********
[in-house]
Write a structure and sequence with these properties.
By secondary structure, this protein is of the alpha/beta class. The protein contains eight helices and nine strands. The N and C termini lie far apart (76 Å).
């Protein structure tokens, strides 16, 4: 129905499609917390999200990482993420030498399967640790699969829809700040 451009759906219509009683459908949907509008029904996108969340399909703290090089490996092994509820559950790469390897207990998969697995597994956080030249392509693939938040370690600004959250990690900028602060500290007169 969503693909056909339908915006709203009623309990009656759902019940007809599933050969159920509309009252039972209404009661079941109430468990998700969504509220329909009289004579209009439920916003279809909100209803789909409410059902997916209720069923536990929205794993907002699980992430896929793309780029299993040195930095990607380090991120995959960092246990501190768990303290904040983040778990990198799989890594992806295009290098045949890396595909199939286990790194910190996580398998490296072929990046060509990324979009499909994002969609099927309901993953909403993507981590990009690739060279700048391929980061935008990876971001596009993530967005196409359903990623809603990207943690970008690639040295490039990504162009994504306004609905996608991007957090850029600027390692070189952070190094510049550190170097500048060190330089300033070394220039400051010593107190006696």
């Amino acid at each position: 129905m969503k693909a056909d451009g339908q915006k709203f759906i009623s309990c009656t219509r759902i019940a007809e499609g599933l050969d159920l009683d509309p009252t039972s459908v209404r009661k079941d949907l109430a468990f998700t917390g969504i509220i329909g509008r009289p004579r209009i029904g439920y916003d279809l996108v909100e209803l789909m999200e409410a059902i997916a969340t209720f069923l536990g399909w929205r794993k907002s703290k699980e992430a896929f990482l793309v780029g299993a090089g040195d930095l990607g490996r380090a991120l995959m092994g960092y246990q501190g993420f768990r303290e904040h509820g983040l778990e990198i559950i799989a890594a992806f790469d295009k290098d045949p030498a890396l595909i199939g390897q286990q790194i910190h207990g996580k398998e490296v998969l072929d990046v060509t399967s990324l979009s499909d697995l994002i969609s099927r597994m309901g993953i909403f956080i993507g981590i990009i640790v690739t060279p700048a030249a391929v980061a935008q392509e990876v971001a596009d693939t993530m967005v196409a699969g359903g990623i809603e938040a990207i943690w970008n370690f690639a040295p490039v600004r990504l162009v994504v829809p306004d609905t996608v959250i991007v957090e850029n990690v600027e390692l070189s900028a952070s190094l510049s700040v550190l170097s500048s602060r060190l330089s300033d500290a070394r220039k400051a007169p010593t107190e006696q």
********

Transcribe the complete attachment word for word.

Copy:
[in-house]
Write a structure and sequence with these properties.
By secondary structure, this protein is of the alpha/beta class. The protein contains eight helices and nine strands. The N and C termini lie far apart (76 Å).
């Protein structure tokens, strides 16, 4: 129905499609917390999200990482993420030498399967640790699969829809700040 451009759906219509009683459908949907509008029904996108969340399909703290090089490996092994509820559950790469390897207990998969697995597994956080030249392509693939938040370690600004959250990690900028602060500290007169 969503693909056909339908915006709203009623309990009656759902019940007809599933050969159920509309009252039972209404009661079941109430468990998700969504509220329909009289004579209009439920916003279809909100209803789909409410059902997916209720069923536990929205794993907002699980992430896929793309780029299993040195930095990607380090991120995959960092246990501190768990303290904040983040778990990198799989890594992806295009290098045949890396595909199939286990790194910190996580398998490296072929990046060509990324979009499909994002969609099927309901993953909403993507981590990009690739060279700048391929980061935008990876971001596009993530967005196409359903990623809603990207943690970008690639040295490039990504162009994504306004609905996608991007957090850029600027390692070189952070190094510049550190170097500048060190330089300033070394220039400051010593107190006696």
């Amino acid at each position: 129905m969503k693909a056909d451009g339908q915006k709203f759906i009623s309990c009656t219509r759902i019940a007809e499609g599933l050969d159920l009683d509309p009252t039972s459908v209404r009661k079941d949907l109430a468990f998700t917390g969504i509220i329909g509008r009289p004579r209009i029904g439920y916003d279809l996108v909100e209803l789909m999200e409410a059902i997916a969340t209720f069923l536990g399909w929205r794993k907002s703290k699980e992430a896929f990482l793309v780029g299993a090089g040195d930095l990607g490996r380090a991120l995959m092994g960092y246990q501190g993420f768990r303290e904040h509820g983040l778990e990198i559950i799989a890594a992806f790469d295009k290098d045949p030498a890396l595909i199939g390897q286990q790194i910190h207990g996580k398998e490296v998969l072929d990046v060509t399967s990324l979009s499909d697995l994002i969609s099927r597994m309901g993953i909403f956080i993507g981590i990009i640790v690739t060279p700048a030249a391929v980061a935008q392509e990876v971001a596009d693939t993530m967005v196409a699969g359903g990623i809603e938040a990207i943690w970008n370690f690639a040295p490039v600004r990504l162009v994504v829809p306004d609905t996608v959250i991007v957090e850029n990690v600027e390692l070189s900028a952070s190094l510049s700040v550190l170097s500048s602060r060190l330089s300033d500290a070394r220039k400051a007169p010593t107190e006696q």